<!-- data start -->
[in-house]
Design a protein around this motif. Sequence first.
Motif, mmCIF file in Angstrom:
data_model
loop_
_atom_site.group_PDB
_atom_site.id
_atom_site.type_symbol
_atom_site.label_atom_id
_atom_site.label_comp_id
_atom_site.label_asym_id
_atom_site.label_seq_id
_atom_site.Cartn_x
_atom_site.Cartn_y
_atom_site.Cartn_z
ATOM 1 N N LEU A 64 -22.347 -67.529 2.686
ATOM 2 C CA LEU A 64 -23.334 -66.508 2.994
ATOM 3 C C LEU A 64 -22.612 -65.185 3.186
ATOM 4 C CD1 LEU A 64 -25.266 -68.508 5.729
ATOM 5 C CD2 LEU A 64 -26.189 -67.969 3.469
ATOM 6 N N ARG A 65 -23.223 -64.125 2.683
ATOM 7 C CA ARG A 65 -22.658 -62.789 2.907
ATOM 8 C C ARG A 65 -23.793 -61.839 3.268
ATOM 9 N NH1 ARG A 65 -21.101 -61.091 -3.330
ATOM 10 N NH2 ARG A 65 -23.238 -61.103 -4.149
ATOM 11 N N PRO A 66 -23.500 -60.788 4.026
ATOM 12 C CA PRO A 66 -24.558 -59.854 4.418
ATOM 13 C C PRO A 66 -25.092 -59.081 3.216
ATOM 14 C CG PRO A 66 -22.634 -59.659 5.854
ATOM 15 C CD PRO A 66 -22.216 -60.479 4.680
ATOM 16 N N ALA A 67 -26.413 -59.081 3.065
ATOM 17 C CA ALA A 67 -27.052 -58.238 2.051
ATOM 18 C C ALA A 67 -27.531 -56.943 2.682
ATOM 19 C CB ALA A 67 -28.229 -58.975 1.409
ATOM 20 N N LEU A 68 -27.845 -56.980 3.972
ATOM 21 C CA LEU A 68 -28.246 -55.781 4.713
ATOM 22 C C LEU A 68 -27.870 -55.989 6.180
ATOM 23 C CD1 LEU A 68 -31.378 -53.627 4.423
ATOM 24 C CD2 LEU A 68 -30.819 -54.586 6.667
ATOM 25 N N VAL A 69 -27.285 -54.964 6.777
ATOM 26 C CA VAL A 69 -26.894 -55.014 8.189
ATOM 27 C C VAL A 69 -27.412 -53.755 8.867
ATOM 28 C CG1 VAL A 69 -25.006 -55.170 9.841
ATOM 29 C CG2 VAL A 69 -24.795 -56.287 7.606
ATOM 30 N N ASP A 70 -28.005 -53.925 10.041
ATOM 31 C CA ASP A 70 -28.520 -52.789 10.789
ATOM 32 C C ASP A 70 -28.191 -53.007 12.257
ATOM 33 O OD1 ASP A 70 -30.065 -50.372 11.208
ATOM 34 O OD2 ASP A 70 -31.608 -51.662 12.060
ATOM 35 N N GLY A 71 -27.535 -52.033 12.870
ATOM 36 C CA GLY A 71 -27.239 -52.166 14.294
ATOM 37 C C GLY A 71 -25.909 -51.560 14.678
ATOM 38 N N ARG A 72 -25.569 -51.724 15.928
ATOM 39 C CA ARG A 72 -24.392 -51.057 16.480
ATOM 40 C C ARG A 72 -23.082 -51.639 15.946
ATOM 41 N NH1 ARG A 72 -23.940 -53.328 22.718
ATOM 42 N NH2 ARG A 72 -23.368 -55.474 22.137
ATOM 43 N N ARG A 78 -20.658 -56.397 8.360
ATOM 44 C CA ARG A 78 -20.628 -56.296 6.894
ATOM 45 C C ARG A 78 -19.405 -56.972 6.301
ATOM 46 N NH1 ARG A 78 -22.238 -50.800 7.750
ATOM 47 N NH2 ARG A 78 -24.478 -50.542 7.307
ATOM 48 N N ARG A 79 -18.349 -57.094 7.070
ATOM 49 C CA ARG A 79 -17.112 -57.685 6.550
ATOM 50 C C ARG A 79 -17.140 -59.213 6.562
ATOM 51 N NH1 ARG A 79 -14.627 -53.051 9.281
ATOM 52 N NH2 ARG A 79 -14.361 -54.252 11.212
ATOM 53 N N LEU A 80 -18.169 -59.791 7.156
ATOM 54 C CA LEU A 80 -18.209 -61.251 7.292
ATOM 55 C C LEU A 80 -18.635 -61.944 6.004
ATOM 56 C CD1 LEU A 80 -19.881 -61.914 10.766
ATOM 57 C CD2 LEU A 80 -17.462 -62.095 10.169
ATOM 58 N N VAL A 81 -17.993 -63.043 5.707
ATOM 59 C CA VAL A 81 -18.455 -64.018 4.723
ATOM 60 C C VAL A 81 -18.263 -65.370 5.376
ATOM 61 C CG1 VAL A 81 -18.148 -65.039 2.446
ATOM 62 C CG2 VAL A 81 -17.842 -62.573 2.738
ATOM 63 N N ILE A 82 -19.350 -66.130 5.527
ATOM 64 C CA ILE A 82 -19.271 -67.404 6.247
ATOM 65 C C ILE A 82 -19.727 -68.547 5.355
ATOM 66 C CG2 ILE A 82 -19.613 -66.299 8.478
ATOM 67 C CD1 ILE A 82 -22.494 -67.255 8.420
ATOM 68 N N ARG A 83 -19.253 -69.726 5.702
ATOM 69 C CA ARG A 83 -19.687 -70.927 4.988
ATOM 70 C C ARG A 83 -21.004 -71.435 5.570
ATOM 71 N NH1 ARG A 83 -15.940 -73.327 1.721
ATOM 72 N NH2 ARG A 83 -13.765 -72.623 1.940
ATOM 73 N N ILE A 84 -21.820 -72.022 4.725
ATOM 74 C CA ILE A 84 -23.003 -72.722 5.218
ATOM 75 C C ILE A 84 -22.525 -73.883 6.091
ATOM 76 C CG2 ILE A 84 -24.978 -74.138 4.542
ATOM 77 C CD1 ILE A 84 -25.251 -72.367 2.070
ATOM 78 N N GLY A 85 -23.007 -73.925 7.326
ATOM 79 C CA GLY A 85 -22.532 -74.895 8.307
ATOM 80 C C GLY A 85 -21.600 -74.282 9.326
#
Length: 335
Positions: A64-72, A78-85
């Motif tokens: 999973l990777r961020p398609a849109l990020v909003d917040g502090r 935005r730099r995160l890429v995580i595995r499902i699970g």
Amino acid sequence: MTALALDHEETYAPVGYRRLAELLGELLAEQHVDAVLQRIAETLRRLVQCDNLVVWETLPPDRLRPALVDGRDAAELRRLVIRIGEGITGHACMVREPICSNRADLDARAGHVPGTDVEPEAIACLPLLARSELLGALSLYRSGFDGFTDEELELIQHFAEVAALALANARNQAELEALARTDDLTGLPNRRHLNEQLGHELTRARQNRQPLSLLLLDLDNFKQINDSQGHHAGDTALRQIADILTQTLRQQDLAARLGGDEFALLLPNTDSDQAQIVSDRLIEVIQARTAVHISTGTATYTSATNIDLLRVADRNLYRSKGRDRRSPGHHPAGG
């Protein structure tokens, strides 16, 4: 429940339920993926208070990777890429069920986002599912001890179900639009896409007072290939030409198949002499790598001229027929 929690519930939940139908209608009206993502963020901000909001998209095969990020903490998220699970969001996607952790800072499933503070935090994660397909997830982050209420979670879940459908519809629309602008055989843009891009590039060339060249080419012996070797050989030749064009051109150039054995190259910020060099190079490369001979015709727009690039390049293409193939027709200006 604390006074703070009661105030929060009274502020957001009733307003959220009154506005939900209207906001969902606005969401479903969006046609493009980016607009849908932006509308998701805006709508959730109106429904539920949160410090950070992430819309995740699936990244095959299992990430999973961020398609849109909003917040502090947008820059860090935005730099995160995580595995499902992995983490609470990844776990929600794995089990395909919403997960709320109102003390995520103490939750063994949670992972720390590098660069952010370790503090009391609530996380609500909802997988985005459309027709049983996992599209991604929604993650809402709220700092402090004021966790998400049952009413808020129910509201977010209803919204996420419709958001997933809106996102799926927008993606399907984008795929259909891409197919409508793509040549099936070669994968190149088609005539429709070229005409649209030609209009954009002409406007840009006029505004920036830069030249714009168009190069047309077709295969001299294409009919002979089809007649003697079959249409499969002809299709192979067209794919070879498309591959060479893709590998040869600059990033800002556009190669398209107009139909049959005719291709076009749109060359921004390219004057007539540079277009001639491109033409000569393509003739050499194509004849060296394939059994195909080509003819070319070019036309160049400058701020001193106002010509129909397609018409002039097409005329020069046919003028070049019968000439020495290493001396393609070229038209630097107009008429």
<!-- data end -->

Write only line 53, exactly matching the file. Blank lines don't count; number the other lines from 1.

ATOM 38 N N ARG A 72 -25.569 -51.724 15.928